1. A.P. Veening Silver badge

            Japan never had a hope in heck of overrunning the USA - a brief glance at any atlas would have told everyone concerned that much - and without doing that, there was no way of stopping them from eventually out-producing Japan.

            I suggest you take a brief glance at a 1939 or 1940 atlas, Japan was a major colonial power at that time (Manchuria and the complete Korean peninsula, it wasn't divided yet).

      2. Potemkine! Silver badge

        Aircraft carriers are exactly what the USN needs, for the actions it actually gets involved in.

        One or two pairs of them, yes, but not eleven. It's a huge waste of resources.

  10. tip pc Silver badge

    BBC had no explanation

    I saw this on the BBC the other day and assumed it was an older carrier, i was shocked when i checked wikipedia and saw it was their most recent vessel and had been suffering issues where it wasn't fully accepted into service.

    Thankfully our favourite red top had been bothered to fill in the details as to why the tests are being performed.

    Not sure the Brit press would be happy with the Royal Navy deliberately blowing up 18 tonnes of high explosive next to one of our new carriers.

    1. jdiebdhidbsusbvwbsidnsoskebid Bronze badge

      Re: BBC had no explanation

      "Not sure the Brit press would be happy with the Royal Navy deliberately blowing up 18 tonnes of high explosive next to one of our new carriers."

      It's not for the Brit press to be happy or not. It's all about testing that the platform performs as it should before it fully enters service. There'll be plenty more acceptance tests, this was just one of the more visible ones.

      1. tip pc Silver badge

        Re: BBC had no explanation

        “ It's not for the Brit press to be happy or not. It's all about testing that the platform performs as it should before it fully enters service.”

        The Ford is late and not combat ready (just like the other Ford’s I’ve owned)

        From the wiki link.

        “ According to a GAO report in mid-2020 the Gerald R. Ford was still reporting significant problems with the operation of its weapons elevators,[77] while a DoD report in early 2021 stated that the ship was still not combat-ready, citing continuing problems with the Electromagnetic Aircraft Launch System (EMALS). Designed to achieve 4,166 aircraft launches between operational mission failures, instead it went 181 launches between failures, "well below the requirement".[78][79][80]”

        By al means test it’s ability to survive stuff but you’ll likely want to test a fully functioning example.

        Also if the enemy is able to explode 18 tonnes of high explosives in close proximity to your carrier battle group something has seriously gone wrong.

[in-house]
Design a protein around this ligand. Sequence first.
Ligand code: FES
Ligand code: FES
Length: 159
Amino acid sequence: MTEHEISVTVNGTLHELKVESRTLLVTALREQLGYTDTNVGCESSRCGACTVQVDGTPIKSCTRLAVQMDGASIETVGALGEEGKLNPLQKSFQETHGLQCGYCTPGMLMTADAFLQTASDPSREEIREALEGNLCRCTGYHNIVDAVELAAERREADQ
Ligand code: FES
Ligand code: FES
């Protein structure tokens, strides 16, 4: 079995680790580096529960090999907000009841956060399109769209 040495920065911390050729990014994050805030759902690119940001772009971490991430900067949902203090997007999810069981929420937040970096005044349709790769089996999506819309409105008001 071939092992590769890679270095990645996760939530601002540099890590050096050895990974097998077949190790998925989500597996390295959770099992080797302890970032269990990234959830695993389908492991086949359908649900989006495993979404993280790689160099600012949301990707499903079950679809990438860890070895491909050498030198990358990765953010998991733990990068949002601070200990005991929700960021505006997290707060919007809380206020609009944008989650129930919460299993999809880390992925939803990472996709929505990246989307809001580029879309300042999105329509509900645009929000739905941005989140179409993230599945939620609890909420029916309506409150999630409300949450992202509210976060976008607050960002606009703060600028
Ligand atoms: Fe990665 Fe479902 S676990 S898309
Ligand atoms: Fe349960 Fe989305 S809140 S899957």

Still, exploding 18tonnes of high explosives next to $13bn of new hardware, that should be replacing the enterprise decommissioned in 2012, would generate much consternation over here.

        That’s a few hospitals or free school meals put in harms way that will require significant refurbishment after.

        While the Ford was in need of refurbishment despite being new and not combat ready, it’ll require even more maintenance, refurbishment and inspection now.

    2. Korev Silver badge
      Pirate

      Re: BBC had no explanation

      > Not sure the Brit press would be happy with the Royal Navy deliberately blowing up 18 tonnes of high explosive next to one of our new carriers.

      But the sailors would be much happier as they know their ship would survive a near miss

    3. EvilDrSmith

      Russian's provide stress test for Royal Navy ship

      Apparently, the Russian Air Force has just provided a similar test for the RN's Type 45 destroyer.

      From 'Forces Net' (14;20 23/06), Russian Foreign ministry claim that they fired warning shots and dropped 4 bombs ahead of a RN destroyer to warn it off entering Russian waters.

      RN deny it happened, and state that they were in Ukrainian territorial waters.

      Hopefully, the next test isn't of Defender's anti-aircraft missiles.

      1. Korev Silver badge
        Pirate

        Re: Russian's provide stress test for Royal Navy ship

        The RN is so short of destroyers[0] that I can imagine them not being put anywhere near harm's way for a long time in order to have more than zero with the aircraft carriers[1]

        [0] Especially ones that haven't broken down.

        [1] Probably one of the reasons why the QE has American and Dutch escorts too

  11. Pascal Monett Silver badge

    Three explosions to be followed by six month's maintenance ?

    I hope that those six months were scheduled beforehand, because if all it takes to remove a carrier from the seas is a near-miss, then I am going to really start questioning their usefullness.